Word of mouth means a lot in the performing arts. But it can mean more than shoring up audiences at performances. Word of mouth, even through texting and social media, can help to build a new company -- from the inside out.
Texture Contemporary Ballet is entering only its third season, but it already has a fan base of dancers who come to Pittsburgh from companies across the United States to participate in its annual summer performance, one that takes advantage of the normal off-season for most ballet companies.
Although Texture has already built a core group of eight dancers, it will swell to more than 20 in this year's production. Katie Miller will come the farthest, from Sacramento Ballet, which has a strong Balanchine repertoire to take advantage of her long, lean proportions. The Flint, Mich., native trained in the Pittsburgh Ballet Theatre Graduate Program, heard good things about the first season and added her name to the list after that.
She returned because the choreographers are "very specific, challenging and musical. They pay close attention to the hand and feet positions." And it gave her an invaluable opportunity "to grow as an artist."
This time the program is called "Perpetual Motion," which certainly might give Ms. Miller a never-ending summer experience.
"It's a little bit of a joke," says amiable artistic director and founder Alan Obuzor. "It's just that we're always moving."
This time, even the choreographers will have plenty to do. Working in what is usually a solitary form of artistic endeavor, these movers and shakers are choreographing in twos and threes. For example, "Mulberry Way" changes choreographers for each of four movements, using primarily Mr. Obuzor, associate artistic director Kelsey Bartman and Gabriel Gaffney Smith.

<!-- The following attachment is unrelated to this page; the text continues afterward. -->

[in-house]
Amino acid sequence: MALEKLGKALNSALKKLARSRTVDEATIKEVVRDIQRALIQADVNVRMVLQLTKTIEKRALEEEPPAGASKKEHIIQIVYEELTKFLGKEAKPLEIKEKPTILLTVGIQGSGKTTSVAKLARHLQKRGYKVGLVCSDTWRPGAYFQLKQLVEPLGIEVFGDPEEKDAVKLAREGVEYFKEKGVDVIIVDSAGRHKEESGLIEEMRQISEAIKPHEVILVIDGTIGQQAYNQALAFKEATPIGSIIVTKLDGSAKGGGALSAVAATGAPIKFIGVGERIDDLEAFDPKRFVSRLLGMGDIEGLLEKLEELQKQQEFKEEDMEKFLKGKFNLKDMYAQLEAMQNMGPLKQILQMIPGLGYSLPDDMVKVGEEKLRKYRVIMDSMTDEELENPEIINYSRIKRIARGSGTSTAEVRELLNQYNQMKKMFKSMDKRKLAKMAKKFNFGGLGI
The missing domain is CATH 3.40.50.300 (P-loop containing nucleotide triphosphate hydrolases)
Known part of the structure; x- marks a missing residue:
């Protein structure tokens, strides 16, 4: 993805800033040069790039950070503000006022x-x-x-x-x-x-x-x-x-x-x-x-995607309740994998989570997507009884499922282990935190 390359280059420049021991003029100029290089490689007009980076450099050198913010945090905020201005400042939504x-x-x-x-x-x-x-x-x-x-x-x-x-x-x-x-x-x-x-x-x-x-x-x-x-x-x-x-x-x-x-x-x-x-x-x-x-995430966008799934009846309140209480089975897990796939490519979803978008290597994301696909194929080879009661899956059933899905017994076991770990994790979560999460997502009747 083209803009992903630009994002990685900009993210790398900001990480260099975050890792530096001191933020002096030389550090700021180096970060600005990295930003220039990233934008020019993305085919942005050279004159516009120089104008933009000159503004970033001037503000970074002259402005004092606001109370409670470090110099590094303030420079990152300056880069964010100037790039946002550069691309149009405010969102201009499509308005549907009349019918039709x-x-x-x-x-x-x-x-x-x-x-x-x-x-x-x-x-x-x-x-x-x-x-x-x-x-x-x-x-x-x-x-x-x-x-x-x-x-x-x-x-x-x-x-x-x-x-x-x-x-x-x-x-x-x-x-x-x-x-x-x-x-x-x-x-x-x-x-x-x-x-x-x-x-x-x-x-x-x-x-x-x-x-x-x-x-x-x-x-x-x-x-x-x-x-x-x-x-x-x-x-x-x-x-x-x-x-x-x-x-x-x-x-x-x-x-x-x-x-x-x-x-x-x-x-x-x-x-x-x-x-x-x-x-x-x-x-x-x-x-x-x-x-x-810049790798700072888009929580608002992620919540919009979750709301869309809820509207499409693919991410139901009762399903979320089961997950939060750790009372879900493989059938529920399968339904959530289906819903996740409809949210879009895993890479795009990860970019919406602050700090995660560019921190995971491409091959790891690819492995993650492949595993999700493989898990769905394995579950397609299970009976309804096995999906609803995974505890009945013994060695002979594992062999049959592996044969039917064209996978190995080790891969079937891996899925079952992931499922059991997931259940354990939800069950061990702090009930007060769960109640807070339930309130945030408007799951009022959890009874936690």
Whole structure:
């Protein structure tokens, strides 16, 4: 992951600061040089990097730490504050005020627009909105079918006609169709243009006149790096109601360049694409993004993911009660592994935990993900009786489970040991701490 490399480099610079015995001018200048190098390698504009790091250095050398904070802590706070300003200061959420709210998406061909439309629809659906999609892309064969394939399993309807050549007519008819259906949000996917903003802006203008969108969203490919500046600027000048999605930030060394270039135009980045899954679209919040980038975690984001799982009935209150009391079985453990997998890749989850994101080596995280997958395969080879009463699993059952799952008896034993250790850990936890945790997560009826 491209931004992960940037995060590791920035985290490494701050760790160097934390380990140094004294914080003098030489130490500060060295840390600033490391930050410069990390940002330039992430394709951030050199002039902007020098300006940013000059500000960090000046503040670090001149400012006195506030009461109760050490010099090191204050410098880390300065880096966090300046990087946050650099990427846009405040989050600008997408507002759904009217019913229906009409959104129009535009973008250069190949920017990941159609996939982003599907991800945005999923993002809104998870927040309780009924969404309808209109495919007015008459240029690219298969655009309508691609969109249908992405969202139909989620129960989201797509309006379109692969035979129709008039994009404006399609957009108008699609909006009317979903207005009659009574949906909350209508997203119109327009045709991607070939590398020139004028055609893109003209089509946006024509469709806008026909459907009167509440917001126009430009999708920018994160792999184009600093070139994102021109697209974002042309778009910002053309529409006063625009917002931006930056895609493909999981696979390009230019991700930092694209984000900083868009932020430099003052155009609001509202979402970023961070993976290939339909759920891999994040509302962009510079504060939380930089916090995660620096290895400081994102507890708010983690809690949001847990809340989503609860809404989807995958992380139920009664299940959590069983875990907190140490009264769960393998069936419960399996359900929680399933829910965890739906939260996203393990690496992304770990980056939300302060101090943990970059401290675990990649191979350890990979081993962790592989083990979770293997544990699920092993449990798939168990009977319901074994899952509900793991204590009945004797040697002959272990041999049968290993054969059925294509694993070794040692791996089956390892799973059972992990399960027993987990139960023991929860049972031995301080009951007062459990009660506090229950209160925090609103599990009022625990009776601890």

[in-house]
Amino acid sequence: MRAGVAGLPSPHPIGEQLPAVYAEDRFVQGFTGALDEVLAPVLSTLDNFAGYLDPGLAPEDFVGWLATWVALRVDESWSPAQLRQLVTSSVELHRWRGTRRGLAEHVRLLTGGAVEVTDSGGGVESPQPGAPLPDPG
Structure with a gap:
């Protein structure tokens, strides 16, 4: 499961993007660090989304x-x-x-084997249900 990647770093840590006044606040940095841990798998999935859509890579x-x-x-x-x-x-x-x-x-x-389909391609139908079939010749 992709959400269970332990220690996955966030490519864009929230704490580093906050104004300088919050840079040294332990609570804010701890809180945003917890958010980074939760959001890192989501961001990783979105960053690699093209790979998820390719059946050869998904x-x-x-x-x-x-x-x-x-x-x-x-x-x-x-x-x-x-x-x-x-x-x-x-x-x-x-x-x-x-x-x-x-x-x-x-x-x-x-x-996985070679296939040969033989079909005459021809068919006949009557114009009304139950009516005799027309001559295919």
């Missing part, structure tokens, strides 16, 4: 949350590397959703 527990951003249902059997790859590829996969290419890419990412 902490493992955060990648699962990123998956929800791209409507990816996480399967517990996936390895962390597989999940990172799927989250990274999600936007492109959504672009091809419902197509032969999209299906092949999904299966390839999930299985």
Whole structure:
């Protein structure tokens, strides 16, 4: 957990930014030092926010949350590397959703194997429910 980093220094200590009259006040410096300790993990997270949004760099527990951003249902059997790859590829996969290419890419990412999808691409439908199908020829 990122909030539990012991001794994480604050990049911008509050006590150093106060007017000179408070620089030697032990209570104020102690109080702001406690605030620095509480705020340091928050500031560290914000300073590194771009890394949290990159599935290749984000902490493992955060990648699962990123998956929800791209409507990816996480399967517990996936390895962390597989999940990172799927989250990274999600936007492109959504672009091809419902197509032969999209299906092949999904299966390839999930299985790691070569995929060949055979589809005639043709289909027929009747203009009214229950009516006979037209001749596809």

Some might say that too many cooks spoil the broth, but the choreographers arrived at the movement phrases through a variety of methods, including mutual agreement and assigned sections. Not that they didn't discuss or disagree, but their shared passion for dance and respect for each other enabled them to keep a common focus. As the affable Mr. Obuzor puts it, "You know what you want as a choreographer. But when you add a second person, the process changes. You have to think through things more fully."
And when you have 20 dancers and three creative directors, as in the finale, "MOIP," inspired by live music from Pittsburgh band Meeting of Important People, there will be a lot of variables.
But maybe that just means there will be more "textures."
Mr. Smith and Ashley Wegman have been involved since the start. It was friendship that got them started -- Ms. Wegman met Ms. Bartman in PBT's grad school, where they performed some of Mr. Obuzor's choreography. And Ms. Bartman used music by Mr. Smith, a company member and budding electronic composer, in her student choreography there.
The quartet remained friends when Mr. Smith, then Ms. Wegman moved on to BalletMet in Columbus, Ohio, a company that is undergoing some exciting changes. For the past year, renowned Canadian choreographer James Kudelka has been filling in as artistic director until Edwaard Liang, former New York City Ballet soloist and rising young choreographer himself, takes the reins next year.
Pittsburgh has remained their central meeting point, though. Ms. Wegman enjoys Texture because she likes "new work as a dancer. You learn things about yourself and you grow in general. During the season, you're with the same people and you kind of get into your groove with them, which is great. But you come here and have a little jump-start into something different."
Mr. Smith may have showcased his interest in music here in Pittsburgh, but he is developing his choreographic interests as well in Columbus. Last year he brought a duet, "Box Piece," which won him a Columbus Fellowship.
He's a fully engaged choreographer here this season, participating in all four works on the program. In addition to "Mulberry Way" and "MIOP," he will create a duet with Ms. Bartman, "Wash," and a large ensemble work with Ms. Bartman and Mr. Obuzor, "Broken Mirror," using 18 dancers and his own original musical score.
He had to learn to fit into the choreographic processes that his friends had established. But he loved how they still supported him with a blank canvas and "trusted my ability to create."
Now there are no boundaries, both in friendship and in dance.
Former Post-Gazette critic Jane Vranish: firstname.lastname@example.org. She blogs at pittsburghcrosscurrents.com. First Published July 17, 2013 4:00 AM